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Get Help With Specific Learning Disorder

Curated and updated for the community by APA

Specific learning disorder is a developmental disorder that begins by school-age, although it may not be recognized until later. It involves ongoing problems learning key academic skills, including reading, writing and math.

See definition, symptoms, & treatment

  • Jun 21, 2017
Relax, Take a Deep Breath

Most of us have probably heard, or made the suggestion to someone, to “relax, take a deep breath” as a way to help calm down and reduce stress or anxiety. Breathing techniques have long been used as part of traditional stress reduction practices and their use is supported by much research. Practices involving consciously controlling and focusing on your breathing can be powerful tools for relaxation, stress reduction and mental health.

  • Jun 05, 2017
Parental Involvement in Therapy Key to Helping Children with Disruptive Behavior Disorders

Most children are disruptive or defiant at times, but disruptive and conduct disorders involve more severe problems that last longer than normal occasional acting out behavior. New research identifies specific parent training as the most effective way to help children with these disorders.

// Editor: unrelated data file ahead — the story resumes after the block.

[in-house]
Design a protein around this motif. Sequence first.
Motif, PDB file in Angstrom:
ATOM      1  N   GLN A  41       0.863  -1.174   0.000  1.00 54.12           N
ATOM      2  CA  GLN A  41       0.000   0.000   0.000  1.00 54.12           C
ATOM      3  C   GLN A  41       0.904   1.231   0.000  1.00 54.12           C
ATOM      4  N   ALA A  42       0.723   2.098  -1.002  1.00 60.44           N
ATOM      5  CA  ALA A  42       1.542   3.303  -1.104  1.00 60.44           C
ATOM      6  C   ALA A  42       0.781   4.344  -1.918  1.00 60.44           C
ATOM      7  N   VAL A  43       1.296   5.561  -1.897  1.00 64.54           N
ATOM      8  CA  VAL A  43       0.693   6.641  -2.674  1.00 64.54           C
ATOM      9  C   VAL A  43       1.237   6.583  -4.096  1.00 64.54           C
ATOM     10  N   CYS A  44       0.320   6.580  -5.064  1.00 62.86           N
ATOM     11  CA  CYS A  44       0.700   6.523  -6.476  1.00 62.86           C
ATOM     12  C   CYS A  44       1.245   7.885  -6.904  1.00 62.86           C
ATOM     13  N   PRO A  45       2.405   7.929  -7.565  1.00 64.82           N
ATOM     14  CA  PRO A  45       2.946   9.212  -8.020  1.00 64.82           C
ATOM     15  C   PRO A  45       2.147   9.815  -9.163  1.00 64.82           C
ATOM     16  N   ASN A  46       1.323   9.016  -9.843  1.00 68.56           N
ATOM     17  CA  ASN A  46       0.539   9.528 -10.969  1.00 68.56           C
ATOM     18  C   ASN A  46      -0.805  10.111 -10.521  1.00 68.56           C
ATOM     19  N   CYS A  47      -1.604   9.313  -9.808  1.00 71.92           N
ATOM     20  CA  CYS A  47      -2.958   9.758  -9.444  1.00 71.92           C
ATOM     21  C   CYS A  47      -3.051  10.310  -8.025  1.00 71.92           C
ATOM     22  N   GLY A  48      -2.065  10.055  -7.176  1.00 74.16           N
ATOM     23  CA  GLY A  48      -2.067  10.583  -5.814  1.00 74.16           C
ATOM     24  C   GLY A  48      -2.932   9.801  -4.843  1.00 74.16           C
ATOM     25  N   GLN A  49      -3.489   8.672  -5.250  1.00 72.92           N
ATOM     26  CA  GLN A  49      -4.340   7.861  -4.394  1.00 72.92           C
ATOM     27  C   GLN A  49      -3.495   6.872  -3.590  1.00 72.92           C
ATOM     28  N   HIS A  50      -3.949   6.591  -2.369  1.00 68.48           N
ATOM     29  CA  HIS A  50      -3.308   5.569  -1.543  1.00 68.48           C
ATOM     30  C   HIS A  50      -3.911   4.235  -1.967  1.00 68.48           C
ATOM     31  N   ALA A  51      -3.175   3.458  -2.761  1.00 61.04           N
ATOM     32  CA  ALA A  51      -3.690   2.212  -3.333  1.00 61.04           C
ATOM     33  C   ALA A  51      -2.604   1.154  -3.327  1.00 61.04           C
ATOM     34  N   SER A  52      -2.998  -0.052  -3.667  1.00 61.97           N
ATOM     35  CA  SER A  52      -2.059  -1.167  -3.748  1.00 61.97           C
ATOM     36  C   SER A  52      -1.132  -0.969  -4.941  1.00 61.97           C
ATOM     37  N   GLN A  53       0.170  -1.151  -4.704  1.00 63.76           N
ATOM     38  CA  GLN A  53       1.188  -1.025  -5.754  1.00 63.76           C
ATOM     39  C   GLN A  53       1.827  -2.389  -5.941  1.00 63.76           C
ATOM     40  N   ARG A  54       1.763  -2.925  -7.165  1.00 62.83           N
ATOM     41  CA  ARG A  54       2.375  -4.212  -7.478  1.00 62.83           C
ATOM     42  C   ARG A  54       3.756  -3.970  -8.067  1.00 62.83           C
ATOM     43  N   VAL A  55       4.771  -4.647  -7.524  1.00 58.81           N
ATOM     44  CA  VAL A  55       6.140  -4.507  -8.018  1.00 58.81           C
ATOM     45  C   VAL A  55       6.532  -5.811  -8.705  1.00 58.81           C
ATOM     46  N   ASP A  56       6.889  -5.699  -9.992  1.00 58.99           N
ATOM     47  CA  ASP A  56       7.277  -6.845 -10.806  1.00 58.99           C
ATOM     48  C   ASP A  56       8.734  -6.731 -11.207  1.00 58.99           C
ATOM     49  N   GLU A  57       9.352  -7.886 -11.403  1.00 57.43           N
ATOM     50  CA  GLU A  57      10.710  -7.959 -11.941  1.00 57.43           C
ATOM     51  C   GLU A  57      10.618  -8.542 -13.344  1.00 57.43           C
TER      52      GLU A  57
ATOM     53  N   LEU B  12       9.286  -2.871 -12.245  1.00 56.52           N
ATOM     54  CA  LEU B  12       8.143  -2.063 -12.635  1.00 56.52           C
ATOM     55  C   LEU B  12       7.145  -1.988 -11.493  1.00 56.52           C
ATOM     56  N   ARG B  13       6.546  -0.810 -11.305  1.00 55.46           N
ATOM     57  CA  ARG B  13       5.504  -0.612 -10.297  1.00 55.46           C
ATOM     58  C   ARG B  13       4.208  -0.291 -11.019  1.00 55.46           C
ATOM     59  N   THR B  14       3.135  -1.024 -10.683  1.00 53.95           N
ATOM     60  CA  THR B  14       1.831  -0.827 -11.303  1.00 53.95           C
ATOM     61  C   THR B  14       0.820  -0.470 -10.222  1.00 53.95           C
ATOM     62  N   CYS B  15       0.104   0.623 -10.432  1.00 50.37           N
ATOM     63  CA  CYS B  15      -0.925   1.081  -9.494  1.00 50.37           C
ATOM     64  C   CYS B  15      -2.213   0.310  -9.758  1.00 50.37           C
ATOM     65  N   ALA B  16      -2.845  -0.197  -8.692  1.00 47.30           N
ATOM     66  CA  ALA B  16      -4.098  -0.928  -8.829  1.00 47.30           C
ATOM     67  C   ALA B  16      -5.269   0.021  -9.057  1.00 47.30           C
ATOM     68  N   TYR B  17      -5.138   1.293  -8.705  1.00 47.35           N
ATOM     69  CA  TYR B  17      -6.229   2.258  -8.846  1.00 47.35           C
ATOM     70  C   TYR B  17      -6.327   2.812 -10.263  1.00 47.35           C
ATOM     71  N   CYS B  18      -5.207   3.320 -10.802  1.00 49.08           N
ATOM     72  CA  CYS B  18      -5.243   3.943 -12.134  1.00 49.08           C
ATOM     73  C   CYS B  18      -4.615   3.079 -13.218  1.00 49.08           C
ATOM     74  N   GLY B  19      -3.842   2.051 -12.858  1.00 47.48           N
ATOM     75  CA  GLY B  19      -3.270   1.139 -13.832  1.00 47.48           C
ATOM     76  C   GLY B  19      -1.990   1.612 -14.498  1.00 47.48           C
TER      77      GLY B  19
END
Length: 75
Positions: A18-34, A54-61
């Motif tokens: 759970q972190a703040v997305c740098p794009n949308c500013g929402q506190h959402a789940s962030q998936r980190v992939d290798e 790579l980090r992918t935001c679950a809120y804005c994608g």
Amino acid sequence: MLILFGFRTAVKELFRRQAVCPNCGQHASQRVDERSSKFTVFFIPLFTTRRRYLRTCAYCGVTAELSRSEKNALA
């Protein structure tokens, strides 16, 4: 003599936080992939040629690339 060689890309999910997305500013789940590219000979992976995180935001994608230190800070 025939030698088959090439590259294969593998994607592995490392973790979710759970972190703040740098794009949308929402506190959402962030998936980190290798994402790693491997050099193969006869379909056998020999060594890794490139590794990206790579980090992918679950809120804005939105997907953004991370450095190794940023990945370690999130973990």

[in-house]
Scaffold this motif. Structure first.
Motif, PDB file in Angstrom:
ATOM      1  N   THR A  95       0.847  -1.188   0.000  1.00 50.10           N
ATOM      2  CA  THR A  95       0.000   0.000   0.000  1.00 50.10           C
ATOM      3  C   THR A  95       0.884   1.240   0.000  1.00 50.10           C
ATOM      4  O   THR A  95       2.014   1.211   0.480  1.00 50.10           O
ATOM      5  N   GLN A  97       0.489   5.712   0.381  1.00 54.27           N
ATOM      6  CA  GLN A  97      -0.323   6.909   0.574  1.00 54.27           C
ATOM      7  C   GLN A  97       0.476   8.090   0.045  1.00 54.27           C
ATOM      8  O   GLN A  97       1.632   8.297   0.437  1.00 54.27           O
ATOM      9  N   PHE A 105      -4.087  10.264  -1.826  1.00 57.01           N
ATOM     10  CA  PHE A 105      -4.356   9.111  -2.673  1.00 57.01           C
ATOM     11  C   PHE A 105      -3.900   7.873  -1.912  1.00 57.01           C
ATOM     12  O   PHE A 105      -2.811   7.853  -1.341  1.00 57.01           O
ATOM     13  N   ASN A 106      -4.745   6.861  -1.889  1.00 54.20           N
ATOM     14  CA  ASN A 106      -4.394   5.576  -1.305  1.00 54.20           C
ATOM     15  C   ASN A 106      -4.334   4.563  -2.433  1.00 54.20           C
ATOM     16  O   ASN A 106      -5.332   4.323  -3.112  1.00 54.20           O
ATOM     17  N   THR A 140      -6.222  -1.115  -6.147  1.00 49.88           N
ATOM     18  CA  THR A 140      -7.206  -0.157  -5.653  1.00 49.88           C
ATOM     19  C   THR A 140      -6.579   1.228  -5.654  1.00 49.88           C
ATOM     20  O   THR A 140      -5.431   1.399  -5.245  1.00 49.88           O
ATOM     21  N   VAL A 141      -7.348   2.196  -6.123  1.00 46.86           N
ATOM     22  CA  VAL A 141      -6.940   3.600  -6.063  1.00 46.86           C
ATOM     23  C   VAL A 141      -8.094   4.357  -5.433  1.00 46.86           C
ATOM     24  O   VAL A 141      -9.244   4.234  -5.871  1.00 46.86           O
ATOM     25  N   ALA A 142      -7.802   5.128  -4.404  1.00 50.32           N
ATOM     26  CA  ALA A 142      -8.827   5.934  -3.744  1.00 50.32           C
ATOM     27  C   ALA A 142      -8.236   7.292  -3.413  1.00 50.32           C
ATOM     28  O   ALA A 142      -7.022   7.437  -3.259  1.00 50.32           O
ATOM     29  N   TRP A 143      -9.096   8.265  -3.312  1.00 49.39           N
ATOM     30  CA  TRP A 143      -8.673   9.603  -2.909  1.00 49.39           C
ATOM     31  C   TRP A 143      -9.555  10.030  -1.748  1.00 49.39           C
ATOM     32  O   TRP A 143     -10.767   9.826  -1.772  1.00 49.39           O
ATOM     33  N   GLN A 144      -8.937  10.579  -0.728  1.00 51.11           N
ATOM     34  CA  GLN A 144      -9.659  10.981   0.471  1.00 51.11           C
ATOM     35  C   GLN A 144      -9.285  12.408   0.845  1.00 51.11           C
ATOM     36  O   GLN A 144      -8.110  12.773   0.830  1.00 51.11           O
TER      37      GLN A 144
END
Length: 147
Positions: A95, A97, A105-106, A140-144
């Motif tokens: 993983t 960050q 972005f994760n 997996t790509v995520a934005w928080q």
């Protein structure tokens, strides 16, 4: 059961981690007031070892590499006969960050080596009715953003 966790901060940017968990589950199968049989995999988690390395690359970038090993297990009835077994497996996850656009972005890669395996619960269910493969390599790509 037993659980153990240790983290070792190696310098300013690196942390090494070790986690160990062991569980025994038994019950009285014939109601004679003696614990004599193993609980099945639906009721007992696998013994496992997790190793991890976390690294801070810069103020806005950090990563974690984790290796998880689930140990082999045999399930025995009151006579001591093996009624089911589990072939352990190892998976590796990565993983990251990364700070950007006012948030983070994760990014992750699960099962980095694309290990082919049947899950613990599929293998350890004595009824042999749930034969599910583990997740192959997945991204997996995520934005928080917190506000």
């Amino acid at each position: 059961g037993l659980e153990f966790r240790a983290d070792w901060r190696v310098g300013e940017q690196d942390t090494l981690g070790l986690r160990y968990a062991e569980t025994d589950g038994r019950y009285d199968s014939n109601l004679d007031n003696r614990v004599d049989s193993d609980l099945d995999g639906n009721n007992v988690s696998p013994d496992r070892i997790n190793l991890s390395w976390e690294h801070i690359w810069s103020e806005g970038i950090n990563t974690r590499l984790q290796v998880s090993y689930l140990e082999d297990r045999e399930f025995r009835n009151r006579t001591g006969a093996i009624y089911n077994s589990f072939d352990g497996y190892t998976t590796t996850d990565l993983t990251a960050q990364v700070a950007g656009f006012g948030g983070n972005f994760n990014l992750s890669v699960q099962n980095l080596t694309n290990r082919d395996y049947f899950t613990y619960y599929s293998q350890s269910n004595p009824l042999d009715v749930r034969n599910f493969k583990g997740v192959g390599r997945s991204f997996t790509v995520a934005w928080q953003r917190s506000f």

• May 11, 2017
Mental Health Month and Prevention Week: Focus on Teen Behaviors and Warning Signs

May is Mental Health Month, and the third week in May is National Prevention Week, an annual health observance focused on raising awareness about the importance of substance use prevention and positive mental health. You can join online to view the live kickoff event for National Prevention Week on May 15, at 11:00 a.m. EDT.

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Additude: Attention Deficit and Learning Disabilities

My daughter (4th grade) struggles with reading. I am concerned she may have a learning disorder. Her teacher tells me not to worry about it. Where do I go to find out if she has a problem that can be addressed?

Learning disorders are present when a significant difference exists between a student’s intelligence and her academic performance. The best way to determine the presence of a learning disorder is to have your child undergo academic testing. (Also be sure to rule out any problems with vision.) Your school district can arrange for testing but children must meet certain criteria. Some parents seek evaluation by psychologists or other educational specialists in the community. I would suggest that you pursue having academic testing to get a clear answer for your concerns. Read More

After several years of struggling in math, my son has been diagnosed as having a learning disability in math. Now what? What type of special services will help him? How can I help him and be sure he is getting the help he needs at school?